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Unformatted text preview: Section 4.4 – Trigonometric Expressions and Identities 1 Section 4.4 Trigonometric Expressions and Identities In this section we are going to practice the algebra involved in working with the trigonometric functions. This will help to pave the way for the more analytical parts of trigonometry in the next chapter. An identity is an equation that is satisfied by all relevant values of the variables concerned. An example of an identity is 2 2 ) )( ( y x y x y x = + . In simplifying identities it may be useful to use the following. Basic Trigonometric Identities 1. 1 cos sin 2 2 = + θ θ 2. θ θ θ tan cos sin = 3. θ θ cos 1 sec = ; θ θ sin 1 csc = ; θ θ tan 1 cot = (Reciprocal Identities) 4. Pythagorean Identities: 1 ) ( cos ) ( sin 2 2 = + θ θ ) ( sec 1 ) ( tan 2 2 θ θ = + ) ( csc 1 ) ( cot 2 2 θ θ = + Notational Conventions 1. An expression such as sin θ really means sin( θ ), where sin or sine is the name of the function and θ is an input. An exception to this, however, occurs in expressions such as...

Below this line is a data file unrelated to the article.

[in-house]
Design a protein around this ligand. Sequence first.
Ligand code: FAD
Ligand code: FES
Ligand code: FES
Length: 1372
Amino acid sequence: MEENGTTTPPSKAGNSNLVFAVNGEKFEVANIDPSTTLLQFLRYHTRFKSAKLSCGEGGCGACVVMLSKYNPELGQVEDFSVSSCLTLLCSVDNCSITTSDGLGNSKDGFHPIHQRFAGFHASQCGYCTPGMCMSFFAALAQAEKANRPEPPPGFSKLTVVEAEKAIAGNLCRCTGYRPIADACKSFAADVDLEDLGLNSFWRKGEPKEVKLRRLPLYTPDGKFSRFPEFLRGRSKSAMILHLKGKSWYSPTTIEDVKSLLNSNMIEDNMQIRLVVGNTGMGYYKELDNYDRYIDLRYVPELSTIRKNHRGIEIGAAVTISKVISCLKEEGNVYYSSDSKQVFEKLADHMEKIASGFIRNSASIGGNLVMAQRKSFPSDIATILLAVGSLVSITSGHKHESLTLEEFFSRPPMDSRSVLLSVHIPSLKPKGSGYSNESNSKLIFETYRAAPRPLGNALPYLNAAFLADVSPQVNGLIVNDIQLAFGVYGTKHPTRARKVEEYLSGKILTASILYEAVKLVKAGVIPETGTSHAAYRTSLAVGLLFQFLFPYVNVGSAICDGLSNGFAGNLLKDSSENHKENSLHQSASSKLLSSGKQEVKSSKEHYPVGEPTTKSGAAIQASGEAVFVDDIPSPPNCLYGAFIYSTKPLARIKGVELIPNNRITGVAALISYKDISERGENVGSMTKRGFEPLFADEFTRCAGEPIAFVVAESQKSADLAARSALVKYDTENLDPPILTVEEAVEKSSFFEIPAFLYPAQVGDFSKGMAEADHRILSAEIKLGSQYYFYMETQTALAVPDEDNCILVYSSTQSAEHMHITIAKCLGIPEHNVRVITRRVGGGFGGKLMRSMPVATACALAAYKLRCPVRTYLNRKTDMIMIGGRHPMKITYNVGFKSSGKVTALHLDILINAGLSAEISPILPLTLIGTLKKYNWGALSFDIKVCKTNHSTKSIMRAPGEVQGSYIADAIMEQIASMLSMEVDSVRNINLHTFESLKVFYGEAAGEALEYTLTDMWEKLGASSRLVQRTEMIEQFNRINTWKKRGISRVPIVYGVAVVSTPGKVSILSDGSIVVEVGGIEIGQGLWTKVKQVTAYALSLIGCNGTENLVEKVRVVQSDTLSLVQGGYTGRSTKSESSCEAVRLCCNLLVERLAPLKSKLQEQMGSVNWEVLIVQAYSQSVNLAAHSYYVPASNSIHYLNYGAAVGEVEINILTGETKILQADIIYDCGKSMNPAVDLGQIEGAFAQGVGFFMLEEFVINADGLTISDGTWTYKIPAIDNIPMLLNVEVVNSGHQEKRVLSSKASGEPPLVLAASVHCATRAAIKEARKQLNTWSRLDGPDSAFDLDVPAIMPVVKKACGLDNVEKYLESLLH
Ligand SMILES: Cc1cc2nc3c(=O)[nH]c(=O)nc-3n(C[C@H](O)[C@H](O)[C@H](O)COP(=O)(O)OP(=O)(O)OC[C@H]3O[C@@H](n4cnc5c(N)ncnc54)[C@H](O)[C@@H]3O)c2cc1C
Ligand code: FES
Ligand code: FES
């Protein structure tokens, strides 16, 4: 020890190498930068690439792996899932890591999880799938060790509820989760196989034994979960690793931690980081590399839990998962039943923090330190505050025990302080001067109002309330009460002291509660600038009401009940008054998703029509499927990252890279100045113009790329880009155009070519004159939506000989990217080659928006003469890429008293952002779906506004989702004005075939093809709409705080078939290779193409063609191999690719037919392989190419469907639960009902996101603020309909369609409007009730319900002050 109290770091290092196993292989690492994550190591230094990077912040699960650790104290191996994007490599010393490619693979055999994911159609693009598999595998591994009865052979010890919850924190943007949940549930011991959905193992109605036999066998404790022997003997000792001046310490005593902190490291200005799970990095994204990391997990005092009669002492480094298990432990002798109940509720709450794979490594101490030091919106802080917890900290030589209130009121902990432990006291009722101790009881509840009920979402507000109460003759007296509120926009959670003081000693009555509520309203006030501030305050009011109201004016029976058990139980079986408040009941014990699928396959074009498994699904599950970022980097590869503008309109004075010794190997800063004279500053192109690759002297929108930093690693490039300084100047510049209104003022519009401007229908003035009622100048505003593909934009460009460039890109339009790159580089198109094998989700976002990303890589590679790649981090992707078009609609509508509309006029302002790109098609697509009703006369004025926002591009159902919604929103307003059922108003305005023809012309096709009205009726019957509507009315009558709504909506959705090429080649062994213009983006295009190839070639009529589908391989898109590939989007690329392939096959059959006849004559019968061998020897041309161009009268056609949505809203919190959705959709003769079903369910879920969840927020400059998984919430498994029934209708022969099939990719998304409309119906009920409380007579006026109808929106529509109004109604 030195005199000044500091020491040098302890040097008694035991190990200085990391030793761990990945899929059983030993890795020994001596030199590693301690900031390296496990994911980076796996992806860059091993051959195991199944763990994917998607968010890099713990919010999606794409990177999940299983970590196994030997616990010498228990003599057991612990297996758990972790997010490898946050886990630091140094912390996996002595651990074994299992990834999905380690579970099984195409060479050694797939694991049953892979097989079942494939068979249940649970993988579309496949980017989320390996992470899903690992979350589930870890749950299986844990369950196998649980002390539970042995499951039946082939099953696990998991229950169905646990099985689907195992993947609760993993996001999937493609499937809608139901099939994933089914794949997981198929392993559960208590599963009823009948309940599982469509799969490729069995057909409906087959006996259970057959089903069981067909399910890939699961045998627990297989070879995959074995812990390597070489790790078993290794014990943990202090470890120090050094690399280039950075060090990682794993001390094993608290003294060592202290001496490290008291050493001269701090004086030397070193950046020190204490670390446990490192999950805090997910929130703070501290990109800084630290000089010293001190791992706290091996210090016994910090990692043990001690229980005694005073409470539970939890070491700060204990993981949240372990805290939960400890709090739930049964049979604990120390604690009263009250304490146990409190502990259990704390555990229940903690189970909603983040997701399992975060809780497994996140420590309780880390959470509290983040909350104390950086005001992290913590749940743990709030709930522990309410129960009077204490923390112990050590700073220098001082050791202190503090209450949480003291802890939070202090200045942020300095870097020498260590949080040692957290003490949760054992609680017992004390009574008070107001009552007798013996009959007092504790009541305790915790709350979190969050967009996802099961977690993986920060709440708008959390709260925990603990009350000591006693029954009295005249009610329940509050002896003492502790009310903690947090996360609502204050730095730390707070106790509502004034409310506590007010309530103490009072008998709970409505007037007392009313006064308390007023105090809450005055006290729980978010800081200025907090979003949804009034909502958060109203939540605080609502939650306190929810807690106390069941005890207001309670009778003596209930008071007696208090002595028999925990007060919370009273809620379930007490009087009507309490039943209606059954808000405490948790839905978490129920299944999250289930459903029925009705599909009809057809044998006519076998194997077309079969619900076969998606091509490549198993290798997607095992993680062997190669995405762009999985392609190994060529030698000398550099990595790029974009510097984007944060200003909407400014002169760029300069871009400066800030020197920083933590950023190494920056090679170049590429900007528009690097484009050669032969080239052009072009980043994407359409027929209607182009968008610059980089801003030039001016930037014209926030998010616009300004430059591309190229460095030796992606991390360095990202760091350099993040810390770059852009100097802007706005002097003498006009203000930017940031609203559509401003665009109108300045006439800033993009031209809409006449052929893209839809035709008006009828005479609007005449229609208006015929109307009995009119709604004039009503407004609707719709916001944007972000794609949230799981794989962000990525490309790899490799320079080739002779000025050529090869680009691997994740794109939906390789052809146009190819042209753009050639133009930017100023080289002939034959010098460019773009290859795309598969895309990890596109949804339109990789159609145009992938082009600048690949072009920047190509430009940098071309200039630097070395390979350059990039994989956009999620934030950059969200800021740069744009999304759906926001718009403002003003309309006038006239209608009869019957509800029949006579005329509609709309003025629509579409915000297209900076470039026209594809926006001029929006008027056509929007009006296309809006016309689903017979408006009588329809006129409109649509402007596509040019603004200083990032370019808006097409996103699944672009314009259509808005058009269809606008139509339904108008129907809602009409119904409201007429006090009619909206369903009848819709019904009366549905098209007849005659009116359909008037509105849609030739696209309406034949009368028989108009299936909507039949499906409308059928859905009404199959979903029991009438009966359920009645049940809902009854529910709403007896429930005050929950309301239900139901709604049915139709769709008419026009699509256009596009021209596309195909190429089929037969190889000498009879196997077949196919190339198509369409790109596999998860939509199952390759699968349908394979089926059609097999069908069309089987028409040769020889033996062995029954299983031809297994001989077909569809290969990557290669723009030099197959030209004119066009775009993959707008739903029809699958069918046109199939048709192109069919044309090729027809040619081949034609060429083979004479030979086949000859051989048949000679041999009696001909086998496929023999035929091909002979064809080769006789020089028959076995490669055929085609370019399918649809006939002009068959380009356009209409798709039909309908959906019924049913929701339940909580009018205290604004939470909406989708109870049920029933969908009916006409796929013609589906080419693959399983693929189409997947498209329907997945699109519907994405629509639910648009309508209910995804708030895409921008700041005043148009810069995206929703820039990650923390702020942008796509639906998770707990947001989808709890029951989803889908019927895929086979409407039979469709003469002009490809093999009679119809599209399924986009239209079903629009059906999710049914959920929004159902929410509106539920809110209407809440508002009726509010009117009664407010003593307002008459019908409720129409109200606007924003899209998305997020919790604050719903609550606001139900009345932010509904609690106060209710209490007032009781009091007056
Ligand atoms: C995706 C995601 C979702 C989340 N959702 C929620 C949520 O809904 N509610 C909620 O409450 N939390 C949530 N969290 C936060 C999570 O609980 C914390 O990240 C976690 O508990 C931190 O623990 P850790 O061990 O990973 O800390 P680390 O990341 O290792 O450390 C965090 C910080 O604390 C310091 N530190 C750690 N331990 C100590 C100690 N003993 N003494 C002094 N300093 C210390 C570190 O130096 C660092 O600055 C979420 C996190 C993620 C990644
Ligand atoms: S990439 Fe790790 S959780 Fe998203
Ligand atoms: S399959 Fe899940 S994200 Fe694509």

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This note was uploaded on 02/20/2012 for the course MATH 1330 taught by Professor Staff during the Fall '08 term at University of Houston.
 Fall '08
 Staff
 Algebra, Trigonometry

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